December 11, 2014

Data Storage Warranty Expenses:

While the traditional hard drive makers have more predictable and stable warranty costs, the newer solid state and flash memory systems seem to have lower costs. However, their price per gigabyte of capacity is much higher.

If an electric car lasted a hundred years but cost $500,000 to buy, would it be a bargain? Solid state storage systems cost 30 times as much as the hard drives they might someday replace, but they last much longer and fail less often. So are they still cost-effective?

Here are the metrics: a two-terabyte hard drive sells for roughly $100 at retail this holiday season. Industry research suggests that around 95% of the units will last for more than a year. Around 80% will last at least four years. And around 50% of them will last six years or more.

The warranty expense rate, meanwhile, is likely to be in the range of 1.0% to 2.5% of the price. But that's the manufacturer's price, not the retail price. Rather than make some complicated assumptions, let's settle on a warranty cost of $1.00 per unit, or in round numbers, 50 cents per terabyte.

A solid state drive, in contrast, may last forever. After all, there are no moving parts or friction. Let's say 95% will last 10 years or more. But there's a big price difference for the same amount of storage space. For instance, there's a 64-gigabyte model selling for $100 at retail, and there's a 128-gigabyte unit selling for $150. So that's between $1,200 and $1,600 per terabyte of capacity -- 24 to 32 times as much as a hard drive.

Let's say the warranty expense rate for a solid state drive ranges between 0.5% and 1.0% of price. And let's say the retail markup is 40%. That's still between $3.60 and $9.60 per terabyte, which is between 7 and 19 times as much as a hard drive costs its warranty provider for the same capacity.

Comparing Data Storage Technologies

Therefore, in terms of warranty costs, there is still a definite difference between the traditional and the new technology data storage warranty costs. To reach this conclusion, we began with a list of 44 manufacturers of data storage systems and components, including not only current market leaders such as Seagate Technology, Western Digital Corp., EMC Corp. and NetApp Inc., but also former market leaders such as Maxtor Corp., Storage Technology Corp., and Iomega Corp., which are now part of Seagate, Oracle, and Lenovo, respectively.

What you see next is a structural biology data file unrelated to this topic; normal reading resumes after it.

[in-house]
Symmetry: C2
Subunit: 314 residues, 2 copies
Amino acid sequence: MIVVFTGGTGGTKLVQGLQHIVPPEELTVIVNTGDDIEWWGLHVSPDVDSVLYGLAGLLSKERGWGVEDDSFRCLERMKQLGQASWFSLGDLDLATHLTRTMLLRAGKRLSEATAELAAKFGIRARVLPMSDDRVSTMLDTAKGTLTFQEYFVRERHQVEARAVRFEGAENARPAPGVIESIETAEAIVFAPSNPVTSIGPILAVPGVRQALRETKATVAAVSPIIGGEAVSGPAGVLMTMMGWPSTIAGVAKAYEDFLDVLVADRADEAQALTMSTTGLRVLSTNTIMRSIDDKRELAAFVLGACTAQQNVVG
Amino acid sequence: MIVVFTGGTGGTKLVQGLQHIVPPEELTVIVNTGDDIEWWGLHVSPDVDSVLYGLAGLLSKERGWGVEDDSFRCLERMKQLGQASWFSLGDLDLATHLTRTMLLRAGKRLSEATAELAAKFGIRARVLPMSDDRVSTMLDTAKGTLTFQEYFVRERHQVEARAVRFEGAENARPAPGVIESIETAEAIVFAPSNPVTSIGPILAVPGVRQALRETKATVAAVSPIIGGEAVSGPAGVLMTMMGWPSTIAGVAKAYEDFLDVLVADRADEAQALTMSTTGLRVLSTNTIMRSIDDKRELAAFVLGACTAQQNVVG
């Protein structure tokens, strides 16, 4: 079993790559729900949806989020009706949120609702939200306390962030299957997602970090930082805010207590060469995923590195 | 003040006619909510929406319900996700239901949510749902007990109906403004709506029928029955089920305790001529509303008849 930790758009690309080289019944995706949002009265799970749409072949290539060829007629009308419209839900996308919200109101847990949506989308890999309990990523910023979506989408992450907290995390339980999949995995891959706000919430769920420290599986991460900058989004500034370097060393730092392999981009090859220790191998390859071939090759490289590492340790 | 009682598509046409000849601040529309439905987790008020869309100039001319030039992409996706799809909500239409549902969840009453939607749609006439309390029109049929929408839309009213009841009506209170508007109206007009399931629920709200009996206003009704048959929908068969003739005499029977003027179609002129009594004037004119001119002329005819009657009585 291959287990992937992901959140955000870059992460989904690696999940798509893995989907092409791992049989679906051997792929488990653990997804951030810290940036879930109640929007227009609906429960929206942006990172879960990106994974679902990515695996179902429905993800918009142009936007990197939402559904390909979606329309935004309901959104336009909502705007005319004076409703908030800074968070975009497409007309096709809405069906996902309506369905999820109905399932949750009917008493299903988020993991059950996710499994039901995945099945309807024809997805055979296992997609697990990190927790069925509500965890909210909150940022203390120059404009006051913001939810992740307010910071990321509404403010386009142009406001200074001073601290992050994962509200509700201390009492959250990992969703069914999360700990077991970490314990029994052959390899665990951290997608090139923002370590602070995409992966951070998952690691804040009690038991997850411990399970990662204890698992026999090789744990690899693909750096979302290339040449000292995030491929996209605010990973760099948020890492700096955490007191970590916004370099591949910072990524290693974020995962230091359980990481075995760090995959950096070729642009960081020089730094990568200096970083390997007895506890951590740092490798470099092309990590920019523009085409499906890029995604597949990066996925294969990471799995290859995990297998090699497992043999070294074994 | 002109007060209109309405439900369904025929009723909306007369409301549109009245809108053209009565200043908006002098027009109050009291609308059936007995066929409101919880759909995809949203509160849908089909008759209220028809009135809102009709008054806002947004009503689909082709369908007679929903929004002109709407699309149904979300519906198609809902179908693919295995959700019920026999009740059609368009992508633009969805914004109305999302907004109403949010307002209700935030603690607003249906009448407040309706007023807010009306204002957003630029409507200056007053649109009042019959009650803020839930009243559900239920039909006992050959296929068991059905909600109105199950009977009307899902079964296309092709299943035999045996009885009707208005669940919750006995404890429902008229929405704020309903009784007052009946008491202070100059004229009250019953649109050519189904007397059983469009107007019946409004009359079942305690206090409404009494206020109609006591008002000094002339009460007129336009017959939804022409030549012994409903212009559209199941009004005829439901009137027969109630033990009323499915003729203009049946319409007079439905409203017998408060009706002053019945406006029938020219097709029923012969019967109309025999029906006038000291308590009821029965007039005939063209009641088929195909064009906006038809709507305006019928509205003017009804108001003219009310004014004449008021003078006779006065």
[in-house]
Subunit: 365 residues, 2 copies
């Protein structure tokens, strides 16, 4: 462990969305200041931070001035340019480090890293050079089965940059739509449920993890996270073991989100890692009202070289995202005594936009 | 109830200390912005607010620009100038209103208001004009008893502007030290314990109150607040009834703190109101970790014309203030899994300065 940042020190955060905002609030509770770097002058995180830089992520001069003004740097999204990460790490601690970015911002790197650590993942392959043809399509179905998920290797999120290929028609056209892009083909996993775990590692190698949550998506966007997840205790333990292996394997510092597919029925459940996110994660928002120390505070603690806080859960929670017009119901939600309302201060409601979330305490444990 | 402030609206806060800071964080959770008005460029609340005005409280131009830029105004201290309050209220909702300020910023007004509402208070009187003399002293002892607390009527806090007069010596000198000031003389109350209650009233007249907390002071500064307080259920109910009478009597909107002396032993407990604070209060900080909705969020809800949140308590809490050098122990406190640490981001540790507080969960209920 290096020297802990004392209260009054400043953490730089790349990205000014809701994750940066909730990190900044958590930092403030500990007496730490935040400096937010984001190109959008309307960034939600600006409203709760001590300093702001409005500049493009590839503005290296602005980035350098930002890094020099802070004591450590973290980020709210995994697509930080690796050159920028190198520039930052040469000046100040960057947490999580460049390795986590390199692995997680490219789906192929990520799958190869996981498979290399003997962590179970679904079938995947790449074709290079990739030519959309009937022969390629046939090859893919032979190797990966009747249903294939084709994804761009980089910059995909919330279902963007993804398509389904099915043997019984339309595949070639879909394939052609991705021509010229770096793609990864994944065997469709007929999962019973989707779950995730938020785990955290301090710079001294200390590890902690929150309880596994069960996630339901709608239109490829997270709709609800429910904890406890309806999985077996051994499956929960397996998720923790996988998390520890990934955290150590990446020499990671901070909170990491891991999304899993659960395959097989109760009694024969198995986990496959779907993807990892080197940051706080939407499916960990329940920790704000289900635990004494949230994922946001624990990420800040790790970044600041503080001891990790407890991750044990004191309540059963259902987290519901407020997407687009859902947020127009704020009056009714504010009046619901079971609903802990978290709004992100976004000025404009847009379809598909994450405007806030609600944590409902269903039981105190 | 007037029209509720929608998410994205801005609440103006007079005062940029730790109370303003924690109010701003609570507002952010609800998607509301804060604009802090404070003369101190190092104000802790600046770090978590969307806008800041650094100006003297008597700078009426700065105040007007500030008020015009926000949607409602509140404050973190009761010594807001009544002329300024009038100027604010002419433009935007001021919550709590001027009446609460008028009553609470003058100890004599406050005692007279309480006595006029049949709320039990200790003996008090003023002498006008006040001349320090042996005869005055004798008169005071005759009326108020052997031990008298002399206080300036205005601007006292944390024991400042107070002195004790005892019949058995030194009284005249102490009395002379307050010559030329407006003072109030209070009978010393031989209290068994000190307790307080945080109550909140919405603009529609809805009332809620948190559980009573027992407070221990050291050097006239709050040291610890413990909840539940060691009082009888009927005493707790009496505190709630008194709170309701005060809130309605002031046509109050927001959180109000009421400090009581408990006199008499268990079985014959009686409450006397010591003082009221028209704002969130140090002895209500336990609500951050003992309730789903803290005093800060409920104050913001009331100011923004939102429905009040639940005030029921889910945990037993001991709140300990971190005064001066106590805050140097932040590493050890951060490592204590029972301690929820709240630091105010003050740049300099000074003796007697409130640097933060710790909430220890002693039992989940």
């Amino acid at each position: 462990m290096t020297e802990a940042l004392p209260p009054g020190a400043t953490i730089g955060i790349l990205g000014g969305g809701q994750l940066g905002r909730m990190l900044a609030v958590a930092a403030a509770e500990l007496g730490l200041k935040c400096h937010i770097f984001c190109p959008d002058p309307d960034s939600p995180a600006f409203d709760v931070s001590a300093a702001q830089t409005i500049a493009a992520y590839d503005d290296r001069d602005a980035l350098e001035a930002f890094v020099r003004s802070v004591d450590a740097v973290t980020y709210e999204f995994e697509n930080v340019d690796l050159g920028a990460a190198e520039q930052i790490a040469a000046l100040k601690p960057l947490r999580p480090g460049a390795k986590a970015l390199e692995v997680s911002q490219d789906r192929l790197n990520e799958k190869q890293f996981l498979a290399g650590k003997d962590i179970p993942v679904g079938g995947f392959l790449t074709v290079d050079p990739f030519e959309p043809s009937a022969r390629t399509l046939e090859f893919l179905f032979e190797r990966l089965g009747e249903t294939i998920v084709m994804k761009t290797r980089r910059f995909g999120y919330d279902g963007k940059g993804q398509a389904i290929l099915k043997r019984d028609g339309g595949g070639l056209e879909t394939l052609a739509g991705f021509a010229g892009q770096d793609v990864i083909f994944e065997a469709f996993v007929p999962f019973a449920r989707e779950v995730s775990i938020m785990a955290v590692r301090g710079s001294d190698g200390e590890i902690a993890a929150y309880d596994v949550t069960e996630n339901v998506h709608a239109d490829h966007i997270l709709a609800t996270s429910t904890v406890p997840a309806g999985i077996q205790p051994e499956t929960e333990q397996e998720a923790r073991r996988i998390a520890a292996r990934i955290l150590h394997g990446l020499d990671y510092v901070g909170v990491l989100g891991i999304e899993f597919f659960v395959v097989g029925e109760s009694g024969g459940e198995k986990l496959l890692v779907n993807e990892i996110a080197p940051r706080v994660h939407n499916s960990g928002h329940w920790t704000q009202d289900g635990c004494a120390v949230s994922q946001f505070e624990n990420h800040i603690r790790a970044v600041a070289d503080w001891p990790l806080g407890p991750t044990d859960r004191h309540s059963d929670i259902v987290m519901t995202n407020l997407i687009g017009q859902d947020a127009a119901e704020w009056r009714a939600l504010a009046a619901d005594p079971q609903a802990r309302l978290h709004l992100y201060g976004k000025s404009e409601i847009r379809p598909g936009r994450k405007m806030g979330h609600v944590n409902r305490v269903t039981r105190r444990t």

We also included all of the up-and-coming storage technology providers, specifically the solid state and flash memory manufacturers led by SanDisk Corp. and Spansion Inc. Next year, though, that list will get shorter, because Spansion is to be acquired by Cypress Semiconductor Corp., which like Oracle and Lenovo, are part of other industries.

The traditional disk drive manufacturers continue to fight for market share with the solid state and flash drives, which are now nearing a terabyte in capacity. Given that the new technologies have no moving parts, run cooler, create less noise, and use less power than traditional hard drives, one would expect those differences to show up in warranty expense rates.

Let's start with the total data storage industry warranty expenses. In Figure 1 we're counting warranty claims paid across 47 quarters, from the beginning of 2003 until the third quarter of 2014. Note that the quarterly total remained very close to $150 million from 2003 through 2010, before staging an increase that looks to have lasted for almost four years.


Figure 1
Data Storage Warranty Expenses
Claims Paid by U.S.-based Manufacturers
(in millions of dollars per quarter, 2003-2014)

Figure 1


However, the industry's claims total is actually now decreasing a little bit, from $573 million in the first nine months of 2013 to $564 million in the first nine months of 2014. And once the fourth quarter numbers come in next March, the industry may see its first annual claims decline since 2004-2005.